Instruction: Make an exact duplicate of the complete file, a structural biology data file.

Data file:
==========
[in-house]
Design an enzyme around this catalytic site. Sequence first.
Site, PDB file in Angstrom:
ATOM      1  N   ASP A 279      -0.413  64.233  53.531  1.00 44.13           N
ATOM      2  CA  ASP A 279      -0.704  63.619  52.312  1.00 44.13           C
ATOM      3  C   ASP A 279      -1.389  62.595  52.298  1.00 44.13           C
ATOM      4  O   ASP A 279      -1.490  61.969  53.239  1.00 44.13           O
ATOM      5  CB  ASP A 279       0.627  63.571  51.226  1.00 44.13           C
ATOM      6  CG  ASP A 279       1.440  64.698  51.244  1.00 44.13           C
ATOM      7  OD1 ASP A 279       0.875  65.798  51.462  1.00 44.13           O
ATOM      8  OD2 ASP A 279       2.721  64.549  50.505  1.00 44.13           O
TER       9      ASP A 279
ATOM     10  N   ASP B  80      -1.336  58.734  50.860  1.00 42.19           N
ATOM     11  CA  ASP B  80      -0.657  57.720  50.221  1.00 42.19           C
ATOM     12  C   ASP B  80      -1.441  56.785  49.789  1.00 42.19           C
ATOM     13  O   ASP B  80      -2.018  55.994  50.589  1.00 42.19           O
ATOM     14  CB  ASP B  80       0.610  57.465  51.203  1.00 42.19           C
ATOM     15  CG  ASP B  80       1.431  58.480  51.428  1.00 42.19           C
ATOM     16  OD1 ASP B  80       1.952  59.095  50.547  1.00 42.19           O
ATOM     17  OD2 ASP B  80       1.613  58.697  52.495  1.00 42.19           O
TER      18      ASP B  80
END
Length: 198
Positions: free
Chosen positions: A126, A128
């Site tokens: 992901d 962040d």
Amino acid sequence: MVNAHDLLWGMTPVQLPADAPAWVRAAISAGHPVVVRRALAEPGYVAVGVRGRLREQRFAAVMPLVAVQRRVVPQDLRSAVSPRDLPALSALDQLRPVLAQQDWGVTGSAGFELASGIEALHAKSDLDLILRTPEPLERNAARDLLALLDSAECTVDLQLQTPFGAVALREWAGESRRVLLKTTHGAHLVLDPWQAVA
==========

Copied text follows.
[in-house]
Design an enzyme around this catalytic site. Sequence first.
Site, PDB file in Angstrom:
ATOM      1  N   ASP A 279      -0.413  64.233  53.531  1.00 44.13           N
ATOM      2  CA  ASP A 279      -0.704  63.619  52.312  1.00 44.13           C
ATOM      3  C   ASP A 279      -1.389  62.595  52.298  1.00 44.13           C
ATOM      4  O   ASP A 279      -1.490  61.969  53.239  1.00 44.13           O
ATOM      5  CB  ASP A 279       0.627  63.571  51.226  1.00 44.13           C
ATOM      6  CG  ASP A 279       1.440  64.698  51.244  1.00 44.13           C
ATOM      7  OD1 ASP A 279       0.875  65.798  51.462  1.00 44.13           O
ATOM      8  OD2 ASP A 279       2.721  64.549  50.505  1.00 44.13           O
TER       9      ASP A 279
ATOM     10  N   ASP B  80      -1.336  58.734  50.860  1.00 42.19           N
ATOM     11  CA  ASP B  80      -0.657  57.720  50.221  1.00 42.19           C
ATOM     12  C   ASP B  80      -1.441  56.785  49.789  1.00 42.19           C
ATOM     13  O   ASP B  80      -2.018  55.994  50.589  1.00 42.19           O
ATOM     14  CB  ASP B  80       0.610  57.465  51.203  1.00 42.19           C
ATOM     15  CG  ASP B  80       1.431  58.480  51.428  1.00 42.19           C
ATOM     16  OD1 ASP B  80       1.952  59.095  50.547  1.00 42.19           O
ATOM     17  OD2 ASP B  80       1.613  58.697  52.495  1.00 42.19           O
TER      18      ASP B  80
END
Length: 198
Positions: free
Chosen positions: A126, A128
């Site tokens: 992901d 962040d």
Amino acid sequence: MVNAHDLLWGMTPVQLPADAPAWVRAAISAGHPVVVRRALAEPGYVAVGVRGRLREQRFAAVMPLVAVQRRVVPQDLRSAVSPRDLPALSALDQLRPVLAQQDWGVTGSAGFELASGIEALHAKSDLDLILRTPEPLERNAARDLLALLDSAECTVDLQLQTPFGAVALREWAGESRRVLLKTTHGAHLVLDPWQAVA